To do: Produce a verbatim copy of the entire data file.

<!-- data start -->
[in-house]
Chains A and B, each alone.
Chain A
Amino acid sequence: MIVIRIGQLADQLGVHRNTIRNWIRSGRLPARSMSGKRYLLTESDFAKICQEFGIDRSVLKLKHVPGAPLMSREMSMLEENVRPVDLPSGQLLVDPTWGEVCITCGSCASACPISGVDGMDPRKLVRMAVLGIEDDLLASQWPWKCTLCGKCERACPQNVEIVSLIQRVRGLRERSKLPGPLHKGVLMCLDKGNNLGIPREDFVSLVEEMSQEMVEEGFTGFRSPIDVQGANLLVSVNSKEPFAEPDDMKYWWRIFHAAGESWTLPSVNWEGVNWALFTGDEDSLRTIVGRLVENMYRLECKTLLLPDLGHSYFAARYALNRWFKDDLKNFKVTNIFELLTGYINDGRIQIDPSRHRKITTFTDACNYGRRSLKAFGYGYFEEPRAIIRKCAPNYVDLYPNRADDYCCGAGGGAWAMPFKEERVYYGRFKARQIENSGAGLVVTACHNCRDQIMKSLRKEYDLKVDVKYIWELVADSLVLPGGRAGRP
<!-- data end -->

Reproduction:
[in-house]
Chains A and B, each alone.
Chain A
Amino acid sequence: MIVIRIGQLADQLGVHRNTIRNWIRSGRLPARSMSGKRYLLTESDFAKICQEFGIDRSVLKLKHVPGAPLMSREMSMLEENVRPVDLPSGQLLVDPTWGEVCITCGSCASACPISGVDGMDPRKLVRMAVLGIEDDLLASQWPWKCTLCGKCERACPQNVEIVSLIQRVRGLRERSKLPGPLHKGVLMCLDKGNNLGIPREDFVSLVEEMSQEMVEEGFTGFRSPIDVQGANLLVSVNSKEPFAEPDDMKYWWRIFHAAGESWTLPSVNWEGVNWALFTGDEDSLRTIVGRLVENMYRLECKTLLLPDLGHSYFAARYALNRWFKDDLKNFKVTNIFELLTGYINDGRIQIDPSRHRKITTFTDACNYGRRSLKAFGYGYFEEPRAIIRKCAPNYVDLYPNRADDYCCGAGGGAWAMPFKEERVYYGRFKARQIENSGAGLVVTACHNCRDQIMKSLRKEYDLKVDVKYIWELVADSLVLPGGRAGRP